The Myth of the 21 Day Habit
Do you remember playing the game Telephone when you were a child? You would whisper a comment to a friend who would repeat it to another friend and so on through several people. When the whispered comment finally came back to you, it was unrecognizable. Belief in the 21 day habit came from a large-scale game of telephone.
Don’t Blame Dr. Maltz
Dr. Maltz was a plastic surgeon in the 1950’s. When Dr. Maltz amputated a limb or sculpted a new nose, he noticed that patients needed approximately 21 days to get used to their new reality.
The doctor further noticed that it took him a similar length of time to personally adopt a new behaviour. In 1960, Dr. Maltz published a book called Psycho-Cybernetics in which he wrote these fateful words, “These, and many other commonly observed phenomena tend to show that it requires a minimum of about 21 days for an old mental image to dissolve and a new one to jell.”
Psycho-Cybernetics was an enormous hit, selling more than 30 million copies. Self-help gurus the world over quoted Dr. Maltz. They are still quoting him. Unfortunately, in a multi-decades game of Telephone, the words “a minimum of about” were dropped and we have come to believe in the 21 day habit.
The Seductiveness of the 21 Day Habit
We have known for at least a decade that Dr. Maltz was misquoted, yet the myth of the 21 day habit endures. In an article published five days ago a blogger begins, “Research shows that it takes 21 days to develop a habit.” (It doesn’t.)
There are 21 day retreats to change your life, 21 day fixes to reset your body, and 21 day meditation challenges to calm your mind.
The allure of the 21 day habit is understandable. It is appealing to imagine that we can reboot some aspect of our lives with just three weeks of intense effort. A month sounds too long. But three weeks? Three weeks feels doable. Unfortunately, most of the time it isn’t.
Good habits are worth being fanatical about.John Irving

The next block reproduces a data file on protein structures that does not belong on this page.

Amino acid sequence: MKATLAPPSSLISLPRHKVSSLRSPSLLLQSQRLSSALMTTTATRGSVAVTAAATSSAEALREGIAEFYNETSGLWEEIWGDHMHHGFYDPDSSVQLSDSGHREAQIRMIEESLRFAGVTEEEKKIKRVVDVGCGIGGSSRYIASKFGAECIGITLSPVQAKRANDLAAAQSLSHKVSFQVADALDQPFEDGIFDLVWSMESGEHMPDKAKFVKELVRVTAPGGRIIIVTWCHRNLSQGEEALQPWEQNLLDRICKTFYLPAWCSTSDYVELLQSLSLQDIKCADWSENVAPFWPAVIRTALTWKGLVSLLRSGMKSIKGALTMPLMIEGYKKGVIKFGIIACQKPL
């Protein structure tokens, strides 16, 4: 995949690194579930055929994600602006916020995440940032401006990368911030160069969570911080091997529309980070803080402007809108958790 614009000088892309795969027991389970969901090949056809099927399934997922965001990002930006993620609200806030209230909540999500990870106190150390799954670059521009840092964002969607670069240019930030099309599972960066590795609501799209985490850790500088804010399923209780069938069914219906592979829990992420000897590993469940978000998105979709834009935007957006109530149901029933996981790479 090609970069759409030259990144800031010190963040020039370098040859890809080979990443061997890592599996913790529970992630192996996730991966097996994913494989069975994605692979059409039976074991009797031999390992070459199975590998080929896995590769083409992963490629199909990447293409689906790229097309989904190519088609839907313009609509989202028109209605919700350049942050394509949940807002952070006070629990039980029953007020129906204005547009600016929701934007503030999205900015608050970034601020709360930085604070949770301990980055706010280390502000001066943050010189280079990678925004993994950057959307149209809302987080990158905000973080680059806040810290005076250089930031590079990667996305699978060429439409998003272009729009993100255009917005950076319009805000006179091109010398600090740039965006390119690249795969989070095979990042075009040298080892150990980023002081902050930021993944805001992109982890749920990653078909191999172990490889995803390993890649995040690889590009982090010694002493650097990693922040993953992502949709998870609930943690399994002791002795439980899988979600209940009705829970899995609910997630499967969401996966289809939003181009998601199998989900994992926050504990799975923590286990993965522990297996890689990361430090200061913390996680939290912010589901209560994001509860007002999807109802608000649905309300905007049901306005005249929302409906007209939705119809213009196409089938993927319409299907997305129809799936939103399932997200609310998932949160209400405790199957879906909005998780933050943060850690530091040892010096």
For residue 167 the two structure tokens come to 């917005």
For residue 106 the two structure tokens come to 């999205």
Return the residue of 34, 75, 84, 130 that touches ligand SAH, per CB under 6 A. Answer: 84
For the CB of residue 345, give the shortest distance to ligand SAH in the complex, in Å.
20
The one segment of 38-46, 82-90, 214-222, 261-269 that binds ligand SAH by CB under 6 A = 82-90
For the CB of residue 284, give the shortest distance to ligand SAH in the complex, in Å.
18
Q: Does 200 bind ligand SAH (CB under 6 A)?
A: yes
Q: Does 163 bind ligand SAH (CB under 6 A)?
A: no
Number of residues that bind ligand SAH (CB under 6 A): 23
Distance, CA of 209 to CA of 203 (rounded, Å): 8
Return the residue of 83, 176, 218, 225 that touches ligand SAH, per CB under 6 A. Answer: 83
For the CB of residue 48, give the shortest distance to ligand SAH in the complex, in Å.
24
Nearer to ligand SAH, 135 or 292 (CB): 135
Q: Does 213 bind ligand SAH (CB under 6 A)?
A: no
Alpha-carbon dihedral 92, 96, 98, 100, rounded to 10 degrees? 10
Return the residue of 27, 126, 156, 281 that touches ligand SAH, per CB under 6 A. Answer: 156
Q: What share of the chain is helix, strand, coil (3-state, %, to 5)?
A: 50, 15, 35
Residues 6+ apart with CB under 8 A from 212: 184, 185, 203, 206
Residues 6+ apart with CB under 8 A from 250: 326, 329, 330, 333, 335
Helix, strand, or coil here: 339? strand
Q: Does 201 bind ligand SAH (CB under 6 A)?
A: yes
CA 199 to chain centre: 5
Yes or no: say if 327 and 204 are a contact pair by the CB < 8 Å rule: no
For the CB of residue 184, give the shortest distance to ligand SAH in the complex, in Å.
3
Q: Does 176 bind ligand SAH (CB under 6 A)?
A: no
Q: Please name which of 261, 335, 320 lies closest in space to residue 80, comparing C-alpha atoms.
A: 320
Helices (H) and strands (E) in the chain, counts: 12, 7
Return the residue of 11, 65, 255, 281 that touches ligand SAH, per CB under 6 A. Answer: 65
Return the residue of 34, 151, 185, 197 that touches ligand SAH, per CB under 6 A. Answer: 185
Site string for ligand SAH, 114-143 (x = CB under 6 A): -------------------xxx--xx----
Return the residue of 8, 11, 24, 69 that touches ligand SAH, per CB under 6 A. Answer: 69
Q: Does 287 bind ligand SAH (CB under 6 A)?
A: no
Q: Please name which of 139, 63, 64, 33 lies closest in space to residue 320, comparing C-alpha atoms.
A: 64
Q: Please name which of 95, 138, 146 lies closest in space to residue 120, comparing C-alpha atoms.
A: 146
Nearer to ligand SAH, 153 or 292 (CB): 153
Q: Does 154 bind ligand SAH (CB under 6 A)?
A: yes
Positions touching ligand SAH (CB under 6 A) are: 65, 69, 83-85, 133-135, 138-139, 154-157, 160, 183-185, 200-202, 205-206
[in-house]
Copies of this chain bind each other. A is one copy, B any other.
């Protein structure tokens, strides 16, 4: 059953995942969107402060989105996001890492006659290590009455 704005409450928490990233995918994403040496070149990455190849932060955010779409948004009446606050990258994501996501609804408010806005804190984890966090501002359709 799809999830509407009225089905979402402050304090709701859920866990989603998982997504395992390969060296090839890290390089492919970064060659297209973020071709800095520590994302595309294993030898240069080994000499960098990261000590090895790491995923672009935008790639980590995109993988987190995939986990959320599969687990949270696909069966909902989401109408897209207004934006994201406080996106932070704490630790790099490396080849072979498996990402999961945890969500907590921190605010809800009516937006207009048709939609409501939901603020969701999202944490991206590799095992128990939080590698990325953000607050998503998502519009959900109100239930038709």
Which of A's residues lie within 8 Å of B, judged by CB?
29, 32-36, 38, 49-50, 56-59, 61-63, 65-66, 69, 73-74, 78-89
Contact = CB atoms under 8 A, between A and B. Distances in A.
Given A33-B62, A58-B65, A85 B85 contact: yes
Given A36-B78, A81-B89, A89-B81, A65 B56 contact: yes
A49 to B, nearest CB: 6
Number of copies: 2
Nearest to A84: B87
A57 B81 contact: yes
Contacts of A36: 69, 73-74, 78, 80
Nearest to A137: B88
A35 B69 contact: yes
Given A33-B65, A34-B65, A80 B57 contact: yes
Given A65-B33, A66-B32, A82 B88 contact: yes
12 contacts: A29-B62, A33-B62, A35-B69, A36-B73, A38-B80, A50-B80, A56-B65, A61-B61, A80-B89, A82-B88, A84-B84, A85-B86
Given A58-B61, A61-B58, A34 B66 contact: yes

What the Research Really Shows
A 2009 study by scientists at University College in London examined how long it would take to develop a new habit to the point of automaticity–no resistance or second thoughts. 96 volunteers were given the option of forming a new habit in eating, drinking, or exercise and asked to implement it in the same context each day for twelve weeks.
Participants chose behaviours such as “eating a piece of fruit at lunch”, “drinking a bottle of water with lunch” and “running for 15 minutes before dinner.” They logged on to the study website each day and completed a 12 question self-report.
Results are based on only 82 participants (14 dropped out) and on self-reports. Researchers were unsure if answering the same questions day after day might have affected participants’ responses.
Nevertheless, caveats and qualifications aside, some interesting information emerged from the research:
- Extremely simple habits, such as drinking water with lunch, can become automatic in as few as 18 days.
- Complex behaviours, like exercising, can take as many as 254 days to become automatic.
- The average time required to reach the point where a habit was automatic was 66 days.
- Contrary to popular opinion, it doesn’t hurt to miss the occasional day. It didn’t matter whether the misses were early in the 12 weeks or later.
- Lapses (missing an entire week), however, were disastrous, resulting in people leaving the study.
- Even amongst volunteers motivated to create new habits, fifty percent of them didn’t do the habit enough to make it automatic.
Which habits have been easy for you to develop to the point of automaticity? Which ones are still a challenge? Let us know below.